There's a new version of Google Sheets. "It's faster, supports larger spreadsheets, has a number of new features, and works offline," informs Google.
Just in case you're wondering how to enable it, you should go to Google Drive's settings page, enable "Try the new Google Sheets" in the Editing tab and click "Save". You'll get the new version of the application only for the files you create from now on. The existing files will still open in the old Google Sheets.
There are some missing features in the new Google Sheets (protected sheets, spell check, publishing) and this shows that this is an early release.
So what's new? You can create and edit spreadsheets offline in Chrome, just like in Docs and Slides. The new Sheets is designed with performance in mind and handles huge spreadsheets: it supports 2 million cells of data and all of the other limitationshave been removed. You're no longer limited to 256 columns per sheet. Other improvements: spreadsheets load faster and scrolling is smoother.
There are some new formula editing tools. "In the new Google Sheets, we've made it easier to build complex formulas in your spreadsheets. For example, you'll now see syntax highlighting, which shows you the argument in your function that you are working on, and you'll get more details on how to fix errors in your formula by hovering over them." Google also added 24 new functions, including SUMIFS, COUNTIFS, and AVERAGEIF.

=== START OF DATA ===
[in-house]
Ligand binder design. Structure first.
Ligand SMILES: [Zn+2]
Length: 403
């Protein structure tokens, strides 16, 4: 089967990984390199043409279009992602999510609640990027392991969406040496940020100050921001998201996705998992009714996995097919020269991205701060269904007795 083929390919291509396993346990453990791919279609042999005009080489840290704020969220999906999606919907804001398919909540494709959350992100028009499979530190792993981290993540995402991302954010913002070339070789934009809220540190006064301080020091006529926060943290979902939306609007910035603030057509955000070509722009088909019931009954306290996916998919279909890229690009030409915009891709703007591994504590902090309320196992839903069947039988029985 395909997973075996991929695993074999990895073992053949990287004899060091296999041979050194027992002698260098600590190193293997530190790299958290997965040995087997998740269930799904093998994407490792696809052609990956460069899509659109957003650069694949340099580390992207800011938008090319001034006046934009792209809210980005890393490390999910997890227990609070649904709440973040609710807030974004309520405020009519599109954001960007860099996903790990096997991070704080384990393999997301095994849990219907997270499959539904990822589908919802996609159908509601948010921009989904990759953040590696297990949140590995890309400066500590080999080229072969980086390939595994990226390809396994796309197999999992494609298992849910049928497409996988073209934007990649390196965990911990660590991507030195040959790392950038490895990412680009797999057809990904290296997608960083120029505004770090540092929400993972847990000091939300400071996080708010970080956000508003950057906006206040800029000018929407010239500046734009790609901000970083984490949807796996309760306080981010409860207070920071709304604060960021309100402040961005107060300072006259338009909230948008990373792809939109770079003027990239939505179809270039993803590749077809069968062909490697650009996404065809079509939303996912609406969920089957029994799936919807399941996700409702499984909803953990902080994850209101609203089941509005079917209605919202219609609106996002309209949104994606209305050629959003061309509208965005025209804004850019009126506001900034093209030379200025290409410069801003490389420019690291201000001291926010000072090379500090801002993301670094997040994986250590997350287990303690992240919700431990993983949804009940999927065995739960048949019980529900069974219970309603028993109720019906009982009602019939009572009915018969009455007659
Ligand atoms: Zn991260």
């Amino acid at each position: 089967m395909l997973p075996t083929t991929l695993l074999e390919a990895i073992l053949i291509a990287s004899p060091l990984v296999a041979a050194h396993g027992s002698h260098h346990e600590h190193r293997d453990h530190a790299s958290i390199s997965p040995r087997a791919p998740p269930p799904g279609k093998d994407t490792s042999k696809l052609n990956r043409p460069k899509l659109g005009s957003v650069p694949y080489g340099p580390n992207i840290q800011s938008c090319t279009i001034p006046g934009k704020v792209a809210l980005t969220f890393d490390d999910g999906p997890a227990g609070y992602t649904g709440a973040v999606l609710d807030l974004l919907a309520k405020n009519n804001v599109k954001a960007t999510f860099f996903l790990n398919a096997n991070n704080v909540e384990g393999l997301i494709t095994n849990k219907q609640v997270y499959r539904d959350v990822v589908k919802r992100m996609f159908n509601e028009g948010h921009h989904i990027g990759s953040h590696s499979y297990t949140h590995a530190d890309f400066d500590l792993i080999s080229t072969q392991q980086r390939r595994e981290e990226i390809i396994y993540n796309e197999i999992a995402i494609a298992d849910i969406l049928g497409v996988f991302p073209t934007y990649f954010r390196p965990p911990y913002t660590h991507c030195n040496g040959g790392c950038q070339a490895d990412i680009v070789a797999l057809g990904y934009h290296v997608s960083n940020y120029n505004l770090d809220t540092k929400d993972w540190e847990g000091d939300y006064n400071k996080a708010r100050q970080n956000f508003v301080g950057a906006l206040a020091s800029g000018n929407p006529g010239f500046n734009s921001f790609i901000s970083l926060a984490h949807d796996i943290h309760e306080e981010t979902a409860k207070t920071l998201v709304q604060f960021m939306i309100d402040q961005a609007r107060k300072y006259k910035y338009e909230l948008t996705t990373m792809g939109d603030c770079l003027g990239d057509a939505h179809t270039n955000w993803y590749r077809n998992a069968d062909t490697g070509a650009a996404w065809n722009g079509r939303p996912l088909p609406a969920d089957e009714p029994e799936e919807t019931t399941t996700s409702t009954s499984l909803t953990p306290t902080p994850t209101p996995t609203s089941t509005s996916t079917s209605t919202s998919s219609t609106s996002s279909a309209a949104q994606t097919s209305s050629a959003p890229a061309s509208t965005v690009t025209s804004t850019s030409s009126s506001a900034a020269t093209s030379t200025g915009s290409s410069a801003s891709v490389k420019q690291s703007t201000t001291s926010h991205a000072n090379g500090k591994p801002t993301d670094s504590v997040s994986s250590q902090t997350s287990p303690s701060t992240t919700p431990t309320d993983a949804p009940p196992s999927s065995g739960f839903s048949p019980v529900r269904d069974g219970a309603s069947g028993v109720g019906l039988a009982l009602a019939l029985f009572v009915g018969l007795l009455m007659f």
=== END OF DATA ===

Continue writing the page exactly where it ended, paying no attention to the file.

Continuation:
Another new feature is called filter views and it lets you create, save and share filters, so you can get different views of your data without disrupting how others are viewing your spreadsheet.
"In the new Google Sheets, you can apply conditional formatting using a custom formula. This allows you to apply formatting to a cell or range of cells based on the contents of other cells."
You can also add a color to each of your sheet tabs, paste a rotated version of the copied cells from a column to a row or from a row to a column, restrict find and replace to a range of cells and apply custom formatting for currencies, dates, and numbers.